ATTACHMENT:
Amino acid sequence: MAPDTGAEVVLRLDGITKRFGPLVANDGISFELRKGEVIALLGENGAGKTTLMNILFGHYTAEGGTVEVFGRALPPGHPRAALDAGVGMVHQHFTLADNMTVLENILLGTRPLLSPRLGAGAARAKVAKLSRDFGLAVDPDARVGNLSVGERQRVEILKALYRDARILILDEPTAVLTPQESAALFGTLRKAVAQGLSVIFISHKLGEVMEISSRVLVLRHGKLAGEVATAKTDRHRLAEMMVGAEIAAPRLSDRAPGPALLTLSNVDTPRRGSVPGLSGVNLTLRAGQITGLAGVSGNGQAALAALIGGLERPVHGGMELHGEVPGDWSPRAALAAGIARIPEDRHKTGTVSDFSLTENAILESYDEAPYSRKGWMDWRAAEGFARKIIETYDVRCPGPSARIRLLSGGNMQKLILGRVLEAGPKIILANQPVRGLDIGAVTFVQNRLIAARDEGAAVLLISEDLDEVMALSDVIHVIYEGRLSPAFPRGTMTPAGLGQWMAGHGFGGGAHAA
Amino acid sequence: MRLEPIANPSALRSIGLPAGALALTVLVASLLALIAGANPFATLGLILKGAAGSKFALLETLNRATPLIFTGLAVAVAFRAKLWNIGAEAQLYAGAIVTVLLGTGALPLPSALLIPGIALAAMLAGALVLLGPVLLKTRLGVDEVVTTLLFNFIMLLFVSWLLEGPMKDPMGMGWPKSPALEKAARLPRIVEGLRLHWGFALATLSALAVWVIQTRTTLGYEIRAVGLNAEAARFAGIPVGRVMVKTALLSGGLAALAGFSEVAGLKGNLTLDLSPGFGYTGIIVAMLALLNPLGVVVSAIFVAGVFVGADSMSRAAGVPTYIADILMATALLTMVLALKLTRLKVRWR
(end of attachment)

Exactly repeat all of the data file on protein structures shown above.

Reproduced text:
Amino acid sequence: MAPDTGAEVVLRLDGITKRFGPLVANDGISFELRKGEVIALLGENGAGKTTLMNILFGHYTAEGGTVEVFGRALPPGHPRAALDAGVGMVHQHFTLADNMTVLENILLGTRPLLSPRLGAGAARAKVAKLSRDFGLAVDPDARVGNLSVGERQRVEILKALYRDARILILDEPTAVLTPQESAALFGTLRKAVAQGLSVIFISHKLGEVMEISSRVLVLRHGKLAGEVATAKTDRHRLAEMMVGAEIAAPRLSDRAPGPALLTLSNVDTPRRGSVPGLSGVNLTLRAGQITGLAGVSGNGQAALAALIGGLERPVHGGMELHGEVPGDWSPRAALAAGIARIPEDRHKTGTVSDFSLTENAILESYDEAPYSRKGWMDWRAAEGFARKIIETYDVRCPGPSARIRLLSGGNMQKLILGRVLEAGPKIILANQPVRGLDIGAVTFVQNRLIAARDEGAAVLLISEDLDEVMALSDVIHVIYEGRLSPAFPRGTMTPAGLGQWMAGHGFGGGAHAA
Amino acid sequence: MRLEPIANPSALRSIGLPAGALALTVLVASLLALIAGANPFATLGLILKGAAGSKFALLETLNRATPLIFTGLAVAVAFRAKLWNIGAEAQLYAGAIVTVLLGTGALPLPSALLIPGIALAAMLAGALVLLGPVLLKTRLGVDEVVTTLLFNFIMLLFVSWLLEGPMKDPMGMGWPKSPALEKAARLPRIVEGLRLHWGFALATLSALAVWVIQTRTTLGYEIRAVGLNAEAARFAGIPVGRVMVKTALLSGGLAALAGFSEVAGLKGNLTLDLSPGFGYTGIIVAMLALLNPLGVVVSAIFVAGVFVGADSMSRAAGVPTYIADILMATALLTMVLALKLTRLKVRWR